The concept of “witches” has fascinated people for centuries. Growing up in the Bible belt, I was taught that witches were evil – and certainly not a figure to dress up for at Halloween. I was told they resembled the worship of the occult or “satan” and should not entertain anything related to witchcraft.
The fear of witchcraft is prevalent in the evangelical church.
But, how did we get here?
As a child, this brought about a conundrum for me, as my grandmother (a Jesus loving, deeply spiritual woman) practiced all sorts of crystal work and tarot card readings. This interesting link in my heritage, brought about my own curiosity into the roots of what many consider to be pagan witchcraft and it’s connection to the Christian church.
Throughout years of study, what I’ve found is fascinating.
We can trace the fear of witches all the way back to Europe many centuries ago….
In England, there were good witches and bad witches. Many of the good witches, were termed “white witches” or “blessed witches”.
They were part of many communities throughout Europe in a time when formal medical treatment (although very rudimentary at the time), was unavailable to most of the public. These white witches practiced many herbal and folk-remedies to cure diseases and often brought about genuine healing for their clients. In our terminology today, we may just as well have called them “healers”. Of course, their powers were seen as magic and were often asked to foretell the future or identify one’s enemies (local gossip certainly helped with their answers).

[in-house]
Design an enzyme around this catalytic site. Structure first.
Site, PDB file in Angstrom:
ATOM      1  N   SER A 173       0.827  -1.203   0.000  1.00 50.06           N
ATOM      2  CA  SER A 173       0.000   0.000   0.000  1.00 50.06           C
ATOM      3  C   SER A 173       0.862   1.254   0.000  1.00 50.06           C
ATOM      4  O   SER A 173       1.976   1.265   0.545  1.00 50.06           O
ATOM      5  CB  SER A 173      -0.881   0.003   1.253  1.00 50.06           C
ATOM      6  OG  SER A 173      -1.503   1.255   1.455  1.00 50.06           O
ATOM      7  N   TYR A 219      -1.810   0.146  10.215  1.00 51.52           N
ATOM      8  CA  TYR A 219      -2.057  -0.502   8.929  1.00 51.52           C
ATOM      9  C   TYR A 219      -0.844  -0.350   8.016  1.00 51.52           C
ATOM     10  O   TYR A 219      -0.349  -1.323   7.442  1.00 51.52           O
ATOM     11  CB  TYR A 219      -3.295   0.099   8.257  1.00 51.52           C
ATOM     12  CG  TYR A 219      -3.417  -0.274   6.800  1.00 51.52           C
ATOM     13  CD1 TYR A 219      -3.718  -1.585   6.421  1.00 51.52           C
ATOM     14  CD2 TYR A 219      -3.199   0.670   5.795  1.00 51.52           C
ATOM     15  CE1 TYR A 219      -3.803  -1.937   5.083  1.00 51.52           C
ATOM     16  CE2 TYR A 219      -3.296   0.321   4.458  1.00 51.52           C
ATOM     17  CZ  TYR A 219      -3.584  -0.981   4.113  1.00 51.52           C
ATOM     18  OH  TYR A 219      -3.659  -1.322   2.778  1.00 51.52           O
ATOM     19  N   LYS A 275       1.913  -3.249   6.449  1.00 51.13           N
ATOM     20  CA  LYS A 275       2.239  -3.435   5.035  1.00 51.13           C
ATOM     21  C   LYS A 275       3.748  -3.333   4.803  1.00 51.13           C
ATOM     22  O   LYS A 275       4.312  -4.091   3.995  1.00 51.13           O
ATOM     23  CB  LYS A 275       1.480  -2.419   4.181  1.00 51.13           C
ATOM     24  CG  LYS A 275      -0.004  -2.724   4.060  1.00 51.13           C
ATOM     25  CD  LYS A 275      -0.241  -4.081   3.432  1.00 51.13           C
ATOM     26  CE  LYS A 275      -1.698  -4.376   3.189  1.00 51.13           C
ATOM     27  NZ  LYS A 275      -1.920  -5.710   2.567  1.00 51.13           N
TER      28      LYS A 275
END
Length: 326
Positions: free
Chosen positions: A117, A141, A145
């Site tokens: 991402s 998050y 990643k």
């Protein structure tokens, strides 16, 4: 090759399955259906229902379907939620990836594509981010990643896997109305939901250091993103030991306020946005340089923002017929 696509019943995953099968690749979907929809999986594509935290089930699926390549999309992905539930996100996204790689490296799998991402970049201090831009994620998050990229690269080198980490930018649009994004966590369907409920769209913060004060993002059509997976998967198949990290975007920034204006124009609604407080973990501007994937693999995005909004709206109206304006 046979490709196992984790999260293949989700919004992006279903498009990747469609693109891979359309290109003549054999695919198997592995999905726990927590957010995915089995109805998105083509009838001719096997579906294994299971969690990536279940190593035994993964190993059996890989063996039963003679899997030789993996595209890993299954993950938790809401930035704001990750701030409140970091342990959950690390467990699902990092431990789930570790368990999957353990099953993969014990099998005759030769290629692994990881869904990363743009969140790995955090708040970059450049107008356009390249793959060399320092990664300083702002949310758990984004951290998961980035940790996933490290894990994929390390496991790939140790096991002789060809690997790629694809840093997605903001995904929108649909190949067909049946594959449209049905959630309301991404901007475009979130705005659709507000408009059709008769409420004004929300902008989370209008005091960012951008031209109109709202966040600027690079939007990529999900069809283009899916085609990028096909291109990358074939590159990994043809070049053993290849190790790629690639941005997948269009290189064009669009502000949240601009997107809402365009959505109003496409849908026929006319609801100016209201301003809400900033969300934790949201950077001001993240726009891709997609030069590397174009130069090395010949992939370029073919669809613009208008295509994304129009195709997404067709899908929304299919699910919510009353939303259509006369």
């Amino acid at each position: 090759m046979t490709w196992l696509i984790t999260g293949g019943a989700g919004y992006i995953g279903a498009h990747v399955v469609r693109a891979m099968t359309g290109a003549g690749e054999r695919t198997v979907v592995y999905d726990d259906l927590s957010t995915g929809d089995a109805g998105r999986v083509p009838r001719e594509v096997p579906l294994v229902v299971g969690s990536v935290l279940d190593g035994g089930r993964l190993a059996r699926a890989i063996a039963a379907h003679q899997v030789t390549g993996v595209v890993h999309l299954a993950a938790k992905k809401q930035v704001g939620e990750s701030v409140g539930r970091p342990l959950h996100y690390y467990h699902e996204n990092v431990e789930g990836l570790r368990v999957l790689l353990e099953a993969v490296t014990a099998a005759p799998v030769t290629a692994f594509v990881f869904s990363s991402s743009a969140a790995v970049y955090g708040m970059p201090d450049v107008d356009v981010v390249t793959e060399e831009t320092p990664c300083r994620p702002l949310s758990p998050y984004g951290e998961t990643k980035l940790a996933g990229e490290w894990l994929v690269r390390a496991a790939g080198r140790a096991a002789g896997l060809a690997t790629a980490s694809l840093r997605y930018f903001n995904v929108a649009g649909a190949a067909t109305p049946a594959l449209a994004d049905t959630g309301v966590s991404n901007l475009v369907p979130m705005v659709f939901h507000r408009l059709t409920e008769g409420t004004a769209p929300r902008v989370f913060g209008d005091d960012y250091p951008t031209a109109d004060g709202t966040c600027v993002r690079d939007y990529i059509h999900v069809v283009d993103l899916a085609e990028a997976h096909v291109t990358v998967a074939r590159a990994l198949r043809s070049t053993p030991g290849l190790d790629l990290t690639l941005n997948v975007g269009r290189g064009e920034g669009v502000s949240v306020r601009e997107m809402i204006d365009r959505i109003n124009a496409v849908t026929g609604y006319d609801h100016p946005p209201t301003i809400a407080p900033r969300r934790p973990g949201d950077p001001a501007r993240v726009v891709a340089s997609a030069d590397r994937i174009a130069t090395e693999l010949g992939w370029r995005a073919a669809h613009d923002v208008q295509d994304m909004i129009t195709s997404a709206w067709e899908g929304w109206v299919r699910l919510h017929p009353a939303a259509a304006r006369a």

Whether or not they truly possessed divine power, is unsure, but what is certain is many of these white witches were valuable to their communities. Offering healing through plants, rocks and herbal remedies (anyone like essential oils? You can thank the white witches for their groundbreaking work).
But what about the black witches?
Well, folklore believed that because all witches held power, some could use their power to bring death and illness instead of healing. But, deciphering who was a white witch or a black witch, usually depended on local gossip. Often plagues or sicknesses were blamed upon a witch who had presumably turned evil or made a pact with the devil. But, all accusations were made from speculation of course. It is true that one man’s white witch could have just as easily been another man’s black witch.
And then the church enters the scene…
During this time, many Christians began to take up the belief that the devil could impart people (witches) with power, in exchange for their loyalty. This fear of the “devil pact” made it’s way all throughout Europe and eventually to Salem, Massachusetts, where in 1692 and 1693 more than 200 people were accused of practicing witchcraft.